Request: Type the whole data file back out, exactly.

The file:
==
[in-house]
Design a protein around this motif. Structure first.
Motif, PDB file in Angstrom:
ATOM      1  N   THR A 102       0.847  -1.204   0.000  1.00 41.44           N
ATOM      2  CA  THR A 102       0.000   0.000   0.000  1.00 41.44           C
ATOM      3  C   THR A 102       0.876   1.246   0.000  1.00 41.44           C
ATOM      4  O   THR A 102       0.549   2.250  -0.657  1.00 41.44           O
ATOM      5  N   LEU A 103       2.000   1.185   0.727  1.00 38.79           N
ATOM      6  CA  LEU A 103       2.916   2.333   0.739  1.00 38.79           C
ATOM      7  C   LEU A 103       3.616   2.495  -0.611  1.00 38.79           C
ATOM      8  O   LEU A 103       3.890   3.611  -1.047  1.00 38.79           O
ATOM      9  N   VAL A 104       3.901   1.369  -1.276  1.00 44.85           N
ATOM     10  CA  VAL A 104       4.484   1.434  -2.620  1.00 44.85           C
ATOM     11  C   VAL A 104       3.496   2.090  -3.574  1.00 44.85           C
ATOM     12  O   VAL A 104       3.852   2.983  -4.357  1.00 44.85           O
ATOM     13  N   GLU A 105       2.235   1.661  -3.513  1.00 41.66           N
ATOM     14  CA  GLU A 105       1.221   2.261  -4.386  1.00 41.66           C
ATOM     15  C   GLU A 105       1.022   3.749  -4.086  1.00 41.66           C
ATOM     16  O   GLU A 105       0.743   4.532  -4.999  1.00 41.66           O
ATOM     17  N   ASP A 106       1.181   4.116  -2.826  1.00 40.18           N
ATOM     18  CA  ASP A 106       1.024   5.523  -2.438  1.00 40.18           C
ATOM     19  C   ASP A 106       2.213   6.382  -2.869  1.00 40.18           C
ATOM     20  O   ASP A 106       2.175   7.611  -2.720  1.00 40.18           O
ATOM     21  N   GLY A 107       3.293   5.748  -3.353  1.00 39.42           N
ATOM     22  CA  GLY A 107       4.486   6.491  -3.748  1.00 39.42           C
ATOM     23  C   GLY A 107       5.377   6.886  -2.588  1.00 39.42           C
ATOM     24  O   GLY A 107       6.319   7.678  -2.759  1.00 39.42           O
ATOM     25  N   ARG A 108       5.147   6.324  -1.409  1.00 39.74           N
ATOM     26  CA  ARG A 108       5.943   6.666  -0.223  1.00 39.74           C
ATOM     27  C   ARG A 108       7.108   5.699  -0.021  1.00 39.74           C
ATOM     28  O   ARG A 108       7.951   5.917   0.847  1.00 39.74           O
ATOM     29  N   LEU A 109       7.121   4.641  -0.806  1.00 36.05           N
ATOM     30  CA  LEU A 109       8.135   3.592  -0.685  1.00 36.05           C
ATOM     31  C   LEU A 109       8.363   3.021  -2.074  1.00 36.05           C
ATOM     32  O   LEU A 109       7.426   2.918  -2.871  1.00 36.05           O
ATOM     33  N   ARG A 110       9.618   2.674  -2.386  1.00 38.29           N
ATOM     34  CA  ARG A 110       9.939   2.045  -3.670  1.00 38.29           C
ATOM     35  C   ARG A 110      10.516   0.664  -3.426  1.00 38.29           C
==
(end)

[in-house]
Design a protein around this motif. Structure first.
Motif, PDB file in Angstrom:
ATOM      1  N   THR A 102       0.847  -1.204   0.000  1.00 41.44           N
ATOM      2  CA  THR A 102       0.000   0.000   0.000  1.00 41.44           C
ATOM      3  C   THR A 102       0.876   1.246   0.000  1.00 41.44           C
ATOM      4  O   THR A 102       0.549   2.250  -0.657  1.00 41.44           O
ATOM      5  N   LEU A 103       2.000   1.185   0.727  1.00 38.79           N
ATOM      6  CA  LEU A 103       2.916   2.333   0.739  1.00 38.79           C
ATOM      7  C   LEU A 103       3.616   2.495  -0.611  1.00 38.79           C
ATOM      8  O   LEU A 103       3.890   3.611  -1.047  1.00 38.79           O
ATOM      9  N   VAL A 104       3.901   1.369  -1.276  1.00 44.85           N
ATOM     10  CA  VAL A 104       4.484   1.434  -2.620  1.00 44.85           C
ATOM     11  C   VAL A 104       3.496   2.090  -3.574  1.00 44.85           C
ATOM     12  O   VAL A 104       3.852   2.983  -4.357  1.00 44.85           O
ATOM     13  N   GLU A 105       2.235   1.661  -3.513  1.00 41.66           N
ATOM     14  CA  GLU A 105       1.221   2.261  -4.386  1.00 41.66           C
ATOM     15  C   GLU A 105       1.022   3.749  -4.086  1.00 41.66           C
ATOM     16  O   GLU A 105       0.743   4.532  -4.999  1.00 41.66           O
ATOM     17  N   ASP A 106       1.181   4.116  -2.826  1.00 40.18           N
ATOM     18  CA  ASP A 106       1.024   5.523  -2.438  1.00 40.18           C
ATOM     19  C   ASP A 106       2.213   6.382  -2.869  1.00 40.18           C
ATOM     20  O   ASP A 106       2.175   7.611  -2.720  1.00 40.18           O
ATOM     21  N   GLY A 107       3.293   5.748  -3.353  1.00 39.42           N
ATOM     22  CA  GLY A 107       4.486   6.491  -3.748  1.00 39.42           C
ATOM     23  C   GLY A 107       5.377   6.886  -2.588  1.00 39.42           C
ATOM     24  O   GLY A 107       6.319   7.678  -2.759  1.00 39.42           O
ATOM     25  N   ARG A 108       5.147   6.324  -1.409  1.00 39.74           N
ATOM     26  CA  ARG A 108       5.943   6.666  -0.223  1.00 39.74           C
ATOM     27  C   ARG A 108       7.108   5.699  -0.021  1.00 39.74           C
ATOM     28  O   ARG A 108       7.951   5.917   0.847  1.00 39.74           O
ATOM     29  N   LEU A 109       7.121   4.641  -0.806  1.00 36.05           N
ATOM     30  CA  LEU A 109       8.135   3.592  -0.685  1.00 36.05           C
ATOM     31  C   LEU A 109       8.363   3.021  -2.074  1.00 36.05           C
ATOM     32  O   LEU A 109       7.426   2.918  -2.871  1.00 36.05           O
ATOM     33  N   ARG A 110       9.618   2.674  -2.386  1.00 38.29           N
ATOM     34  CA  ARG A 110       9.939   2.045  -3.670  1.00 38.29           C
ATOM     35  C   ARG A 110      10.516   0.664  -3.426  1.00 38.29           C